#16

I got a pamphlet about Novus plastic care products at the plastic supply house I went to recently. It is a system - cleaners and polishes. Are you talking about "Novus No. 1 Plastic Clean and Shine"? The place I went to is called Regal, it is on the east loop in Fort Worth and they have a place in Dallas on Merrell Rd. (also San Antonio, Austin and Houston, and that's just the southern region!) They have a $25 minimum but I might go back because they have a scrap pile of plastic sheet odds and ends they sell for 75¢ a pound.


#17

Yes, that's the stuff. I usually buy it from a place on Ebay that sells it for cleaning up pinball games. They also have a coarse and fine plastic scratch remover good for cleaning LED/LCD windows... but I don't like it becuase it is hard to get it out of the corners of the window.

#18

I just did my -97's card reader for the first time a few weeks ago. It all went pretty smoothly, but I had to do it twice -- the first time thru, I left some ArmorAll on the read/write head, and maybe that was enough to keep it from working. (It passed the cards fine, but gave an Error with each read attempt.)

Also, one of the references suggested I lightly sand the ends of the "little gold fingers" (switch contacts) inside. So, somewhere between a cleaner read/write head and cleaner switch contacts, the second time worked like a champ.


#19

I had to clean the fingers too but I used the famous "Pink Pearl" pencil eraser that is frequently recommended for cleaning the gold plated card edges on option boards.


#20

My 41C is looking and feeling like new again! And with no etching from 409!

I've assembled my tools for the card reader and will do that soon.


#21

With a name like yours, Paul, why aren't you collecting slide rules??


#22

I started to ask how Paul was a good name for collecting slide rules but then I got it! Obviously I'm hanging out with a sophisticated crowd here and I'm going to have to think before I reply to anything!

If I had been born about five years earlier I might have used a slide rule. Perhaps even one of those famous PAUL slide rules! :-)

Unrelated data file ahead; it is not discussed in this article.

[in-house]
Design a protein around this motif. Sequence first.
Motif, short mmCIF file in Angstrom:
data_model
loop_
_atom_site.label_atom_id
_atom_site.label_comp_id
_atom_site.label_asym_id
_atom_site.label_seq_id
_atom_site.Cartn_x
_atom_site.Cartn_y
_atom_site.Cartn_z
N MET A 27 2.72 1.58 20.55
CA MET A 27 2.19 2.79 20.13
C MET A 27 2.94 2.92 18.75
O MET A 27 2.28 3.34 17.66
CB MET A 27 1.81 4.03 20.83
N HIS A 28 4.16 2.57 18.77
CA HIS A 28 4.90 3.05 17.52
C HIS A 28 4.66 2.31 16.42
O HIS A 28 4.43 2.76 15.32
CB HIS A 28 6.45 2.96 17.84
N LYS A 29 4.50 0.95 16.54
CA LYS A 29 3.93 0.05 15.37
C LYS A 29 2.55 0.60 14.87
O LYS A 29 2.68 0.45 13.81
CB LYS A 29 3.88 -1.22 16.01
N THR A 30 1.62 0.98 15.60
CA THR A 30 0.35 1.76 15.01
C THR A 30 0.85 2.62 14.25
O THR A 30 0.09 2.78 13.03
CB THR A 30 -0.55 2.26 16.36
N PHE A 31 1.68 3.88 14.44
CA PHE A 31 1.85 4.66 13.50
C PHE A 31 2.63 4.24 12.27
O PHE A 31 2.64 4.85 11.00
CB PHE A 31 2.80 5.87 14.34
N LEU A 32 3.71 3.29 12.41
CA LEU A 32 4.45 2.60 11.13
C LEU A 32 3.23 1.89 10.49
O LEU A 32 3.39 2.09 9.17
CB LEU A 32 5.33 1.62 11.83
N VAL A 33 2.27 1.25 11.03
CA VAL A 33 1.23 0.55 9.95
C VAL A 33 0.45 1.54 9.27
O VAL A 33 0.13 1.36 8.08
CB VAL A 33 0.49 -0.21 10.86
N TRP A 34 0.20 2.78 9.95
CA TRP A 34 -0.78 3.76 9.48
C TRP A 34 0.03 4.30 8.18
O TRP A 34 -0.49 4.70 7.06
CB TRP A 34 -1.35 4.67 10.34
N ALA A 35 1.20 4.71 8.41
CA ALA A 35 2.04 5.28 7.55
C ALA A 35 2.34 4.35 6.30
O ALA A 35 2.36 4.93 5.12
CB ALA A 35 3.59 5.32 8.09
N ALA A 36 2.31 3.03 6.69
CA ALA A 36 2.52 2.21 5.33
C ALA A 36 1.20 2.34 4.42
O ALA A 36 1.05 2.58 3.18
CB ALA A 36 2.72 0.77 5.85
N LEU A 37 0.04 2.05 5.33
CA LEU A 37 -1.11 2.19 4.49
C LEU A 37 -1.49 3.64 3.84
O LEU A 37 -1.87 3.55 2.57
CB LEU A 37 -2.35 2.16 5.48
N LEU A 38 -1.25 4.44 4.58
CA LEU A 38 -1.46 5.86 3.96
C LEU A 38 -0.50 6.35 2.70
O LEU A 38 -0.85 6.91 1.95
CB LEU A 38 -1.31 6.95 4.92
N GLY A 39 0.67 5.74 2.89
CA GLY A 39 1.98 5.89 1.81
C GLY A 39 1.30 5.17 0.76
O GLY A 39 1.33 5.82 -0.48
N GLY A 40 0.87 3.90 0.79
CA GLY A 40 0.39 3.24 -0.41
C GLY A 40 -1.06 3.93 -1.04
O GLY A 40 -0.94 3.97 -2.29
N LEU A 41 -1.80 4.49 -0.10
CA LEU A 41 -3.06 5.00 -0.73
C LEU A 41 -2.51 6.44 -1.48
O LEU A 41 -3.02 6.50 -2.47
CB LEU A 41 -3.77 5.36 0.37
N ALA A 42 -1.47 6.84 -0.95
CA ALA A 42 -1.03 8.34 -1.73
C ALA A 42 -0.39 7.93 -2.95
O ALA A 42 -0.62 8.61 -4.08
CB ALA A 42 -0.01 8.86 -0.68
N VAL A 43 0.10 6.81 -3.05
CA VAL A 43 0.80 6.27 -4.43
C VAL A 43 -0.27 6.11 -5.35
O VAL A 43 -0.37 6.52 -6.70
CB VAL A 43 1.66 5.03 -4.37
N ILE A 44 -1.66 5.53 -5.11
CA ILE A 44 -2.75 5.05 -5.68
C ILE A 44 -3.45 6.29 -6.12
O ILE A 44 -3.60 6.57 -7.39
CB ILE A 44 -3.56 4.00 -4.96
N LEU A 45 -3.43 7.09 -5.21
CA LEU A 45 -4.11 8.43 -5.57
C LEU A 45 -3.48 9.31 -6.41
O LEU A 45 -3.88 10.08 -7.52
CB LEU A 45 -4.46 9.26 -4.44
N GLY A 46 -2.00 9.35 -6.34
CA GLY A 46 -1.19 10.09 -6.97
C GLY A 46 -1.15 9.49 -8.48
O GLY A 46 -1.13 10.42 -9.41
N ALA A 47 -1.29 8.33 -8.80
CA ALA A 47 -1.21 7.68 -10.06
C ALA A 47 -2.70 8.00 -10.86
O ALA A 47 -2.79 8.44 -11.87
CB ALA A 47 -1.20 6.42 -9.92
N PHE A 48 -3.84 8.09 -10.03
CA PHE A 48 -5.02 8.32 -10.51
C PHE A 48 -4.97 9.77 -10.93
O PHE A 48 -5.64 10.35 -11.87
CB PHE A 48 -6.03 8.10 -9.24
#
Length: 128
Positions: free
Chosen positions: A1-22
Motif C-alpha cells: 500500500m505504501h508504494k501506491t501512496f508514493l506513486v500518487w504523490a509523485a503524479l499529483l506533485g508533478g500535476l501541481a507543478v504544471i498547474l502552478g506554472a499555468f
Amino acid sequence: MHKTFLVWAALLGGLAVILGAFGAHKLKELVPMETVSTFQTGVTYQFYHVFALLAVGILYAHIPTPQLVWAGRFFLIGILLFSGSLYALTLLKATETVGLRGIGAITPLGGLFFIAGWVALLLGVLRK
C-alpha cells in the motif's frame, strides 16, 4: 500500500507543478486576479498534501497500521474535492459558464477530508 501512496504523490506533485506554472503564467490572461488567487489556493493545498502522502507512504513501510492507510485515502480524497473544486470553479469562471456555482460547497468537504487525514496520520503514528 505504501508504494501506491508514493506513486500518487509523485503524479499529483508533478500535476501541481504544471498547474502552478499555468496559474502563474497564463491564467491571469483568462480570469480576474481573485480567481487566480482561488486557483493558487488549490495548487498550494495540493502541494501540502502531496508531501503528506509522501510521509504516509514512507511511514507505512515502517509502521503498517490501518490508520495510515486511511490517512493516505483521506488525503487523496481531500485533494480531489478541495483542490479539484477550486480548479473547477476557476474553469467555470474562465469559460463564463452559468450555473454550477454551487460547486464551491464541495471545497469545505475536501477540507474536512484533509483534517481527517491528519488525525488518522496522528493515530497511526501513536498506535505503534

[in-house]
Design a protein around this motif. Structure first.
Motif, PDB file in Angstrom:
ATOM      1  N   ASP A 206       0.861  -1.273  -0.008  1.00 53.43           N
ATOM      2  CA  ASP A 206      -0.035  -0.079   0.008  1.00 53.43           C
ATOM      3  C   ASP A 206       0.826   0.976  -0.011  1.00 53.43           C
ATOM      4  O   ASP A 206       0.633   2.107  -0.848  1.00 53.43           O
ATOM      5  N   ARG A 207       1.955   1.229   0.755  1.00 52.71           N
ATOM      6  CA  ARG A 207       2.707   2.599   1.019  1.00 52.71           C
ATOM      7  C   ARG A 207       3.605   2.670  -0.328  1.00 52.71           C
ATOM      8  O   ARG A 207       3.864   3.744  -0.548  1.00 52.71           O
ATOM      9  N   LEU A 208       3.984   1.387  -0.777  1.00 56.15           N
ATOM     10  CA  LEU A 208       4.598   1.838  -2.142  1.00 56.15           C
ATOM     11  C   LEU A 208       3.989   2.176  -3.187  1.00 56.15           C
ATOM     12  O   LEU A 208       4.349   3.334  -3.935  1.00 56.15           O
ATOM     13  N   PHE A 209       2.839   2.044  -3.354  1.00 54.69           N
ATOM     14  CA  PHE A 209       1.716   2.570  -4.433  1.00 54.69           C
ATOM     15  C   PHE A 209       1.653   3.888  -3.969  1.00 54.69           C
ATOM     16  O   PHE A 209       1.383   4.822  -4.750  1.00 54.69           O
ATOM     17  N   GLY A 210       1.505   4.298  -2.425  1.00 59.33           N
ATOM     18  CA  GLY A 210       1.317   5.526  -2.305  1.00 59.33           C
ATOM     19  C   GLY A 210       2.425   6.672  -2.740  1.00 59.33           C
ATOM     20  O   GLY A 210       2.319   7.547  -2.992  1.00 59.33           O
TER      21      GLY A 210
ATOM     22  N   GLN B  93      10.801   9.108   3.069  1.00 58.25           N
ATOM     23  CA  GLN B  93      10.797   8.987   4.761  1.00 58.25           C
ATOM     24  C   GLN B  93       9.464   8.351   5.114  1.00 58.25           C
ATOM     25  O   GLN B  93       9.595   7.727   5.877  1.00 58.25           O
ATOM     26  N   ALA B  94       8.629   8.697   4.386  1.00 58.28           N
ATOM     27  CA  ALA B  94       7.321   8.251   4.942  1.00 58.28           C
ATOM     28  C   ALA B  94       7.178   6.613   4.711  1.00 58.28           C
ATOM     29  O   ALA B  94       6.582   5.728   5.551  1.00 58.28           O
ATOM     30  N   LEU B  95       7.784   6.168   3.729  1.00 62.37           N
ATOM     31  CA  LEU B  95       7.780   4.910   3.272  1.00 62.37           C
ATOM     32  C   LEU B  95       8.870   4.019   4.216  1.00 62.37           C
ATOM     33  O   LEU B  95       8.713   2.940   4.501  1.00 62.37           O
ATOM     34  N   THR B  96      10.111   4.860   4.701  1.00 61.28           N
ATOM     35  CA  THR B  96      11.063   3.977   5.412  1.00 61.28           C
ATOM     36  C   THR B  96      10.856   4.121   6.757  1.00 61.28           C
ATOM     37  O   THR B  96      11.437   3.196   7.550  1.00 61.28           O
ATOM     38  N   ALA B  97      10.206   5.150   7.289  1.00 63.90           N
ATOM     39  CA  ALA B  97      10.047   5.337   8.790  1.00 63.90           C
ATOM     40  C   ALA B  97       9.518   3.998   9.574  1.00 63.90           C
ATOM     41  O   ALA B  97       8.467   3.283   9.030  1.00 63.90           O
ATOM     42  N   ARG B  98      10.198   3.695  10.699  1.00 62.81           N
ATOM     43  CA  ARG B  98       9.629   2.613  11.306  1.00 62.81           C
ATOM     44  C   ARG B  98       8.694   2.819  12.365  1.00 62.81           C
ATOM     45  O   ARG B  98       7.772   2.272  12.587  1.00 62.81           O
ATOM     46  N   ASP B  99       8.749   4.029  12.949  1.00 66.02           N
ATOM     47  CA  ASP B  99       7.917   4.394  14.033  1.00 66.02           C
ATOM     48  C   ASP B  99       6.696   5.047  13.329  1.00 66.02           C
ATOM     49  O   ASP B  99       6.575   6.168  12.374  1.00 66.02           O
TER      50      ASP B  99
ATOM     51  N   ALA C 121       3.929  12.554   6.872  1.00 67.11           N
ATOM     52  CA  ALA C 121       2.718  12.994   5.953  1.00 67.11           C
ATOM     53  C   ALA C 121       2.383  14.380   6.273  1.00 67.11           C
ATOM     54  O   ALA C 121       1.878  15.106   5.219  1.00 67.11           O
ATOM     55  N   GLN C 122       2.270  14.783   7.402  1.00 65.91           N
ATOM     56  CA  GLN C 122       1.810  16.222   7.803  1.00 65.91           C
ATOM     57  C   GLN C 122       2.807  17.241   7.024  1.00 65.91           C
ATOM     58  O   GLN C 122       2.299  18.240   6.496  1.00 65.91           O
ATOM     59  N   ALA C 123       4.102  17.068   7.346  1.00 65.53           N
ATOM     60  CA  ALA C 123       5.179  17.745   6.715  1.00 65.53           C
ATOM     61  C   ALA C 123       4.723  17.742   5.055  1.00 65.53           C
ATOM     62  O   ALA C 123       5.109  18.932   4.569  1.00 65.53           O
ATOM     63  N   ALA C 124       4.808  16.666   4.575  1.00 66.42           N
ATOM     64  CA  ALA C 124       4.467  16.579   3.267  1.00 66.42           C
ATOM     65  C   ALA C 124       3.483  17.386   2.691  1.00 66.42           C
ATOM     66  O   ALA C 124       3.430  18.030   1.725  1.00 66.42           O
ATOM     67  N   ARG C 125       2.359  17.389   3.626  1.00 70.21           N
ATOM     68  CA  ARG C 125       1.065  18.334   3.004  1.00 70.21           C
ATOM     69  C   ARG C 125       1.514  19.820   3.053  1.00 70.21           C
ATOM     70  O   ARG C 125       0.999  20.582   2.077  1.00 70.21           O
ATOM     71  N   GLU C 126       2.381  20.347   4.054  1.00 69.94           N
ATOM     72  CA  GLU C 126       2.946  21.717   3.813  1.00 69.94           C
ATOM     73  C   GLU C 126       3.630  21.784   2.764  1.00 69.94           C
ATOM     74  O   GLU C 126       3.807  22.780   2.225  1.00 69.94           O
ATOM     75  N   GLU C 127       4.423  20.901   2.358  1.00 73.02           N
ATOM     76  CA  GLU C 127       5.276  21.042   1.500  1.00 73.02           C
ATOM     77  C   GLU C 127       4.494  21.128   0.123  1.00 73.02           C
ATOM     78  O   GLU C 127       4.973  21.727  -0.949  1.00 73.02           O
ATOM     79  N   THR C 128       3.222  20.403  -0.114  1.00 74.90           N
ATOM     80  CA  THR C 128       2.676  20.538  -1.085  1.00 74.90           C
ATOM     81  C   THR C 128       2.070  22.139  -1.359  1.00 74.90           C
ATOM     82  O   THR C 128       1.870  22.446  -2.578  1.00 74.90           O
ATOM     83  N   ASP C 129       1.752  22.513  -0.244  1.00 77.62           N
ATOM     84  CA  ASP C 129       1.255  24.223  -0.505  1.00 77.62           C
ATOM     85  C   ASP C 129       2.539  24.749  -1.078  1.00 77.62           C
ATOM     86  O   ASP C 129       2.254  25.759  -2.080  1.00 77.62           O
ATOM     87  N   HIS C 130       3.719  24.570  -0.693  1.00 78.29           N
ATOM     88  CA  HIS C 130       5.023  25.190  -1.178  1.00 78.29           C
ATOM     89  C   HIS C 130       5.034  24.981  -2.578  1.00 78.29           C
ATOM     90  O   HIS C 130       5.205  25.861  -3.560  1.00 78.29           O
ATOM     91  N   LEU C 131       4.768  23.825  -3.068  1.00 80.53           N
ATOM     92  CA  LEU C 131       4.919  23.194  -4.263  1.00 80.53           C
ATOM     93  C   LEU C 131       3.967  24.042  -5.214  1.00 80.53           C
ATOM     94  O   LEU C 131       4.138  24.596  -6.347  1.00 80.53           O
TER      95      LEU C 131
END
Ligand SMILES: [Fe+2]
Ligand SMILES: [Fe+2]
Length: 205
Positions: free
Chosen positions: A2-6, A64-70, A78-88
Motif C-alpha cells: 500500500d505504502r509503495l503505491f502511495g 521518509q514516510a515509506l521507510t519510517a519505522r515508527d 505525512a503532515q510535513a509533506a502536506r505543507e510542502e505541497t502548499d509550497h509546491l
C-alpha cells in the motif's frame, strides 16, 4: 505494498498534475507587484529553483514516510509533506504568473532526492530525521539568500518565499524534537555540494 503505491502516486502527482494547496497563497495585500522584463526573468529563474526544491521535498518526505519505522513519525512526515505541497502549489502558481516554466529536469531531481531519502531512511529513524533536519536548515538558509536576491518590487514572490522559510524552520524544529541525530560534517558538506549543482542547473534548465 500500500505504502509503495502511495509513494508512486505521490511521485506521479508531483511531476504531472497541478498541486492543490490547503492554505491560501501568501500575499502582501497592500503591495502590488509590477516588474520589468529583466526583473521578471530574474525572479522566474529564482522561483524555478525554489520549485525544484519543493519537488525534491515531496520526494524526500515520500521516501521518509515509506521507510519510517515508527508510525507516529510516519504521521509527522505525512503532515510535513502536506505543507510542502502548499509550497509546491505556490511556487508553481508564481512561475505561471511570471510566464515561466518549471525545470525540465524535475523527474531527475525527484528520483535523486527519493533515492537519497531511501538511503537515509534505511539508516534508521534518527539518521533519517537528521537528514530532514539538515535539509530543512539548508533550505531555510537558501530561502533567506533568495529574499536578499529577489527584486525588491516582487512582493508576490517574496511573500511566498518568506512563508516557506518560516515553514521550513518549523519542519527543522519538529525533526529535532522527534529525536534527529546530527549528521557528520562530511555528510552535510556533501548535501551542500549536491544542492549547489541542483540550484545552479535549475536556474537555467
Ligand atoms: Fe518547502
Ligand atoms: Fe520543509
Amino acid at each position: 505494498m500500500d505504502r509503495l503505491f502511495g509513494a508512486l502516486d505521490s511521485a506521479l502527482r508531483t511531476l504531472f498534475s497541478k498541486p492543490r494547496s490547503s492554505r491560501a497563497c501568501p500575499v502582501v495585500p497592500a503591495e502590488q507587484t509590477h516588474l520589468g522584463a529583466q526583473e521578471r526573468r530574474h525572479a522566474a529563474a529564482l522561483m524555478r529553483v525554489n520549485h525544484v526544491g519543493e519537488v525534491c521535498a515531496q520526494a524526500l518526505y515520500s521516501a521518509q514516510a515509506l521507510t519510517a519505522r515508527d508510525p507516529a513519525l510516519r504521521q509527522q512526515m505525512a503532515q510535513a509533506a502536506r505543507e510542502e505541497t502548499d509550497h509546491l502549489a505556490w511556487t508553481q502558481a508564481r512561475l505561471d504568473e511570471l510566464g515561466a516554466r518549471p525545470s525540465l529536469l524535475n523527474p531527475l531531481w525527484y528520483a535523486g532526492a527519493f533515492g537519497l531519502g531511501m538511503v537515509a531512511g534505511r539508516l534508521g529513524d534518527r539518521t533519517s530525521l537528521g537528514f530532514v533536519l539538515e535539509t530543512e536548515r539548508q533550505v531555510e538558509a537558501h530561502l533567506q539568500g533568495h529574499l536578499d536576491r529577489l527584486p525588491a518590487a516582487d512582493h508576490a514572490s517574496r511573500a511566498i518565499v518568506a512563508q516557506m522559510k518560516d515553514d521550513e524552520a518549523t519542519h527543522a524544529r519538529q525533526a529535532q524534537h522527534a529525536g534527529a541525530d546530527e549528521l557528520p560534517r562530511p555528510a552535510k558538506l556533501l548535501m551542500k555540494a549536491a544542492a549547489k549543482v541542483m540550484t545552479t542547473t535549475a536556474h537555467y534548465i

#23

Congratulations! Ain't it great?

#24

I should have mentioned, some of the cross-head screws on my '97 card reader were surprisingly tight. I had to exert more force than I would have expected to keep the screwdriver in the slots and get enough torque to loosen them.

So, Get yourself a good array of quality screwdrivers with sizeable handles. I found the regular jeweller's screwdrivers' handles were way too small for the kind of pushing and twisting that was required. (And take this all slow -- the kind of pushing I'm talking about was performed with the card reader "body" in my left hand -- you don't want to be stressing other parts unnecessarily, but neither do you want to punch a driver through your palm . . . )

Also, I never quite understood the pinch roller hub. It's kind of a hard nylon axle with a screwdriver slot at one end. It's supposed to help adjust the pressure on the pinch roller, but I couldn't come up with a theory as to how. (Maybe some knowledgeable person could hold forth on this topic?)


#25

The white nylon axle that the pinch roller rides on is actually call the "eccentric cam". Take a close look at it and you'll see that it's not quite symmetric. By turning it (that's why the screwdriver slot is there) you can very slightly vary the distance between the pinch roller and the head.


#26

I'm ALMOST ready to attack this.I'm going to get some better screwdrivers tonight.